In Praise of the Inefficient Church

By Paul Koch

Over the years I have read quite a bit about the influence of Scientific Management in our schools, corporations and military but I had never really thought much about its influence in the church. Scientific Management views efficiency as the highest good. So if you want a good and well-oiled society the best way to get it is to engineer it to be as efficient as possible. Schools need to track students and guide them to fill a specific role in society and so people are viewed as part of a machine, each providing a crucial piece and working with the highest efficiency. Such things don’t happen by chance; they need to be scientifically managed to reach the best outcome.

Efficiency then demands hierarchy. If things are going to work at peak efficiency there must be managers to make sure everything runs smoothly and willful subordinates to fulfill their roles. If you have ever read Huxley’s Brave New World this is essentially what you find in the “Alpha” through “Epsilon” classification of people. The “Alpha pluses” and “double pluses” being the managers of all those beneath them. Everyone has their place and is working toward the same goal. The engine of society runs efficiently.

The thing is, this love of efficiency has a firm hold in the church as well. It rears its ugly head every time the hierarchy becomes the center of conversation. Whether it is a conversation about how much we love (or don’t love) our current president, how we need to make sure we get this or that memorandum on the ballot at convention, or how we ought to support one recognized service organization over another. In a subtle yet distinct move, our attention and hope is shifted from the actual people of our congregations and the application of God’s Law and Gospel in their lives to the demands of efficiency.

It is fascinating that every time I find myself in conversation among a group of pastors the conversation will undoubtedly shift from the heart of our vocation, preaching and teaching, to the call of efficiency, the bureaucracy. Success, however it might be defined, is wishfully placed in the right form or type of managers within the church. What pisses me off, and ought to piss you off, is that this nod to the altar of efficiency has a way of stifling honest conversation about becoming better preachers and teachers. Our pastors are encouraged to think more about proper management rather than proper distinction of Law and Gospel.

I believe the church does her best work when the management fails her. When either out of disgust or exhaustion the church turns away from the call of efficient organization she tends to focus instead on the heart of her existence – the task of killing and making alive. When the management takes a back seat (or is completely forgotten) that is when churches and pastors thrive. For when Scientific Management is kicked to the curb they are left to speak about things other than conventions or the latest techniques of efficiency. They are instead left mired in the inefficient and broken lives of the body of Christ.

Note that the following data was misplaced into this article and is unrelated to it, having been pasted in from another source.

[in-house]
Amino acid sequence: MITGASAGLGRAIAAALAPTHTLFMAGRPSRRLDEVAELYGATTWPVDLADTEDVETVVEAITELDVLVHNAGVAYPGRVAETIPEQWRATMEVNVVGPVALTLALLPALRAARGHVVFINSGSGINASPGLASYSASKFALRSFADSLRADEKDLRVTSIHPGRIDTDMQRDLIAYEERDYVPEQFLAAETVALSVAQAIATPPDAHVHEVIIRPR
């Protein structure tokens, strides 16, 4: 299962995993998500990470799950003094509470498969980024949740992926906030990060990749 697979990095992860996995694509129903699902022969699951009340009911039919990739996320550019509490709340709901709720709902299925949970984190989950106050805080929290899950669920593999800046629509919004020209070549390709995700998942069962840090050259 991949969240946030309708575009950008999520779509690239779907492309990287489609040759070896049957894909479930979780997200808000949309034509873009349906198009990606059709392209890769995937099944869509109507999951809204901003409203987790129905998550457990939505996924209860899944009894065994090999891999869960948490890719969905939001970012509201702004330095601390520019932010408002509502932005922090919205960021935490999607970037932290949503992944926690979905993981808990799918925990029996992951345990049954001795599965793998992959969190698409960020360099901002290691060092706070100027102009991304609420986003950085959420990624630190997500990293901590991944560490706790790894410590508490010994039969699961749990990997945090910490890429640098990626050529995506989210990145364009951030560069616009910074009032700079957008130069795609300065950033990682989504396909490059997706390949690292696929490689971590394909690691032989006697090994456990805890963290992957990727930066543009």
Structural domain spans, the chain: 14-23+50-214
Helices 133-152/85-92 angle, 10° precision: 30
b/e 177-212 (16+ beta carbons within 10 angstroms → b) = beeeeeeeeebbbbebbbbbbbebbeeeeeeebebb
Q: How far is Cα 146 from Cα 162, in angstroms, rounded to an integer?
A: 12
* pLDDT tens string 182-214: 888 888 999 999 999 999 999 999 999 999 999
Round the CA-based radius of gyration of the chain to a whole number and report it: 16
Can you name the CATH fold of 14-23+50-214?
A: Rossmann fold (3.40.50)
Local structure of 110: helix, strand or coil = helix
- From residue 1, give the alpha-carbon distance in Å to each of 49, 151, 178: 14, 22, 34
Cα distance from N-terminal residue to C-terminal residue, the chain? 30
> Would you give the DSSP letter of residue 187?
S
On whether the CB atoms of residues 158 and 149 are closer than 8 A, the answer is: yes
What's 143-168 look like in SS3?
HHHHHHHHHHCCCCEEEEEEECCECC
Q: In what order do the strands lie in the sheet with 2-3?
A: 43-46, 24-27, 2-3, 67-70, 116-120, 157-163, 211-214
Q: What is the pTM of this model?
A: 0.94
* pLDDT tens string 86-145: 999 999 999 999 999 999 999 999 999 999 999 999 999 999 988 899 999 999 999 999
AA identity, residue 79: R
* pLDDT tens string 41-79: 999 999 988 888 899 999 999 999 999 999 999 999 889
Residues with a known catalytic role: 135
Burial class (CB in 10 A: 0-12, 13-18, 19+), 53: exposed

Now sure, the inefficient church will probably never be very big. It will never meet all the needs of the community and never come up with clever programs that wow the management. But the inefficient church will have people and it will focus them on proclaiming the Word of God. The inefficient church will clumsily break down and bind up the saints over and again. The inefficient church will remind us all that we are not cogs in a machine but are the living breathing body of Christ.

The inefficient church might just dare to do what is necessary and not simply what keeps things running smoothly!

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One thought on “In Praise of the Inefficient Church

  1. . You have given those of us in the pews an excellent insider’s perspective on management and bureaucracy within the LCMS. I think we suspected it was true that large church denominations and synods also have the same managerial models as a running business, even though it is in the business of saving lost souls and nurturing the body of Christ. And then there is the unavoidable and annoying factor of church “politics” to consider as well. I honestly think the twelve Apostles experienced these things in some manner, walking behind the Master Himself. Our Lord assigned them specific tasks as they organized into the first New Testament ministry. Perhaps, there was competition for the Lord’s attention, some wrangling over tasks and methods, some unhappy campers complaining about the duties they were given, while other members did less. The first church organization in the Acts was a microcosm of all the churches that would forever follow….efficient to some degree, imperfect as well. In any case, like you suggest, the managerial is tied to the practical ways we organize time and performance, but we should never lose sight of the importance of the mission and the fundamental purpose for which we have been called as workers in God’s vineyards.

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